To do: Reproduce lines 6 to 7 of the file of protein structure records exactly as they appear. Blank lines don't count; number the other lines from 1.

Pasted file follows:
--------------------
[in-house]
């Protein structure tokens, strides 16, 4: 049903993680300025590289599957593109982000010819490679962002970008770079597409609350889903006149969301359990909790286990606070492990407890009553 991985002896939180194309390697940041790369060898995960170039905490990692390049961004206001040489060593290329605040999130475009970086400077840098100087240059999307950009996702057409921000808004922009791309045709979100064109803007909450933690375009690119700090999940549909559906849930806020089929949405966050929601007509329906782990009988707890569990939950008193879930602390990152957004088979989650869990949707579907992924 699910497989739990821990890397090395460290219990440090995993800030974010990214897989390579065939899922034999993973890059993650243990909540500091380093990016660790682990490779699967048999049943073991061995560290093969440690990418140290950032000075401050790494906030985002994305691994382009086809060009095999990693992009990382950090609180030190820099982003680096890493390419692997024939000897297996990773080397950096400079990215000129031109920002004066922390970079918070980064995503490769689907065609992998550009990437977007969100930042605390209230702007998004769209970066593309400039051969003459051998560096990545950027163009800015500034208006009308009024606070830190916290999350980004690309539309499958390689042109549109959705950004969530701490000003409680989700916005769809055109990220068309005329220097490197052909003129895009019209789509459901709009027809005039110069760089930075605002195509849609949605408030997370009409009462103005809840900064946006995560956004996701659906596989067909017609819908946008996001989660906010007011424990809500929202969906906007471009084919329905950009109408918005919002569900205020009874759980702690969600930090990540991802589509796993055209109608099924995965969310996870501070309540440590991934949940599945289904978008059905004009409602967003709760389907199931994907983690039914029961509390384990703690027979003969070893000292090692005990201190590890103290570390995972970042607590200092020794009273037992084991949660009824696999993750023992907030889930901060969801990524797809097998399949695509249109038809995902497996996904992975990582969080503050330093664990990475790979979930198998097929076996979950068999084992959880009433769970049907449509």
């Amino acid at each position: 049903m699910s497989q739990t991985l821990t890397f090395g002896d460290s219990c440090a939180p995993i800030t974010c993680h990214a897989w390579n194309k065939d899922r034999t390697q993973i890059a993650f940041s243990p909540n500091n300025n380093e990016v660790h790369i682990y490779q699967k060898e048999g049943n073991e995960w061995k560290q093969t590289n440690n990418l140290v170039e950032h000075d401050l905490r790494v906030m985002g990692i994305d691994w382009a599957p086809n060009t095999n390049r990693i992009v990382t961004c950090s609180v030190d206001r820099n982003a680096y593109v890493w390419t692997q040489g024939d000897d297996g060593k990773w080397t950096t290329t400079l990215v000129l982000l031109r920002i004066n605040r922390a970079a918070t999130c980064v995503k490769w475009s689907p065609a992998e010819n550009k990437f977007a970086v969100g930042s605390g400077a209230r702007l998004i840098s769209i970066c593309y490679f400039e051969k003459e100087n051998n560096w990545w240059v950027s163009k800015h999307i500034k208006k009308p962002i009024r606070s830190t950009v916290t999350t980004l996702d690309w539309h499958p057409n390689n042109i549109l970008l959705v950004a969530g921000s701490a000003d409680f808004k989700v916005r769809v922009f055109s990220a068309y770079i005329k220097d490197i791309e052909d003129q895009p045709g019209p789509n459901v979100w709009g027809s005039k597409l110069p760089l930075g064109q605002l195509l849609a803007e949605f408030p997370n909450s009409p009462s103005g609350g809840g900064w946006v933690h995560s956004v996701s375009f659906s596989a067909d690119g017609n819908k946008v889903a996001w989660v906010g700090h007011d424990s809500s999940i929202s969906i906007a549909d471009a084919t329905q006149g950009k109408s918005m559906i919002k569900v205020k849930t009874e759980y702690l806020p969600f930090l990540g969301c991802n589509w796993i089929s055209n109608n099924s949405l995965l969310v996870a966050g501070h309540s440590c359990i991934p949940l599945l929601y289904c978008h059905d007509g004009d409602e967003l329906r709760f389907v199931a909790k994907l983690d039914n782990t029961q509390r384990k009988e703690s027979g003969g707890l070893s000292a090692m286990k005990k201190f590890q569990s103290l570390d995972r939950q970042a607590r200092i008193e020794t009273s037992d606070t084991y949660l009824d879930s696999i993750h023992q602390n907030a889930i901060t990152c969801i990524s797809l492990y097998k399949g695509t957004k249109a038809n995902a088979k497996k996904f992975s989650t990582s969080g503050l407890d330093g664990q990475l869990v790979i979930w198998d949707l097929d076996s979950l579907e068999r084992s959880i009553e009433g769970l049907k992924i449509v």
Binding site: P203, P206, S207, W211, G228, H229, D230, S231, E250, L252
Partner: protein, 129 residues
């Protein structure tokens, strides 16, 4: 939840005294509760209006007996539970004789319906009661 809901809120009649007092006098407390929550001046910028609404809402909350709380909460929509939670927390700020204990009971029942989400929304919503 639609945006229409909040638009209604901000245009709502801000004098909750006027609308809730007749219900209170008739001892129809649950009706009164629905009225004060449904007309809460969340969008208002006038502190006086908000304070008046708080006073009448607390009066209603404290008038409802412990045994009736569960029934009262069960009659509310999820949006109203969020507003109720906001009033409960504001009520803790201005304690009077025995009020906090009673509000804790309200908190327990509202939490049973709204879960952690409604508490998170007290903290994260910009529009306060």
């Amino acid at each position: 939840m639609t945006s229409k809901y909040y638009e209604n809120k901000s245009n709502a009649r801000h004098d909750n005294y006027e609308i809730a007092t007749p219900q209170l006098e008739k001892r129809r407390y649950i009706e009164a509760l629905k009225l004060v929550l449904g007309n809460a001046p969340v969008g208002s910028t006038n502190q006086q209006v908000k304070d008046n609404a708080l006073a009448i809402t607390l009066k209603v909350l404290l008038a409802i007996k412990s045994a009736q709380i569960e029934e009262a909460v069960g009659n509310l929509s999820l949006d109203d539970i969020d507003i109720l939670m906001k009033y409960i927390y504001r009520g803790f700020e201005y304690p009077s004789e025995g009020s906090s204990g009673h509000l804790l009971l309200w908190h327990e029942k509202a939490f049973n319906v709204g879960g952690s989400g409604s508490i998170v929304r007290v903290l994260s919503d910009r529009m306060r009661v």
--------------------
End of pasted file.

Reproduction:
């Protein structure tokens, strides 16, 4: 939840005294509760209006007996539970004789319906009661 809901809120009649007092006098407390929550001046910028609404809402909350709380909460929509939670927390700020204990009971029942989400929304919503 639609945006229409909040638009209604901000245009709502801000004098909750006027609308809730007749219900209170008739001892129809649950009706009164629905009225004060449904007309809460969340969008208002006038502190006086908000304070008046708080006073009448607390009066209603404290008038409802412990045994009736569960029934009262069960009659509310999820949006109203969020507003109720906001009033409960504001009520803790201005304690009077025995009020906090009673509000804790309200908190327990509202939490049973709204879960952690409604508490998170007290903290994260910009529009306060």
């Amino acid at each position: 939840m639609t945006s229409k809901y909040y638009e209604n809120k901000s245009n709502a009649r801000h004098d909750n005294y006027e609308i809730a007092t007749p219900q209170l006098e008739k001892r129809r407390y649950i009706e009164a509760l629905k009225l004060v929550l449904g007309n809460a001046p969340v969008g208002s910028t006038n502190q006086q209006v908000k304070d008046n609404a708080l006073a009448i809402t607390l009066k209603v909350l404290l008038a409802i007996k412990s045994a009736q709380i569960e029934e009262a909460v069960g009659n509310l929509s999820l949006d109203d539970i969020d507003i109720l939670m906001k009033y409960i927390y504001r009520g803790f700020e201005y304690p009077s004789e025995g009020s906090s204990g009673h509000l804790l009971l309200w908190h327990e029942k509202a939490f049973n319906v709204g879960g952690s989400g409604s508490i998170v929304r007290v903290l994260s919503d910009r529009m306060r009661v």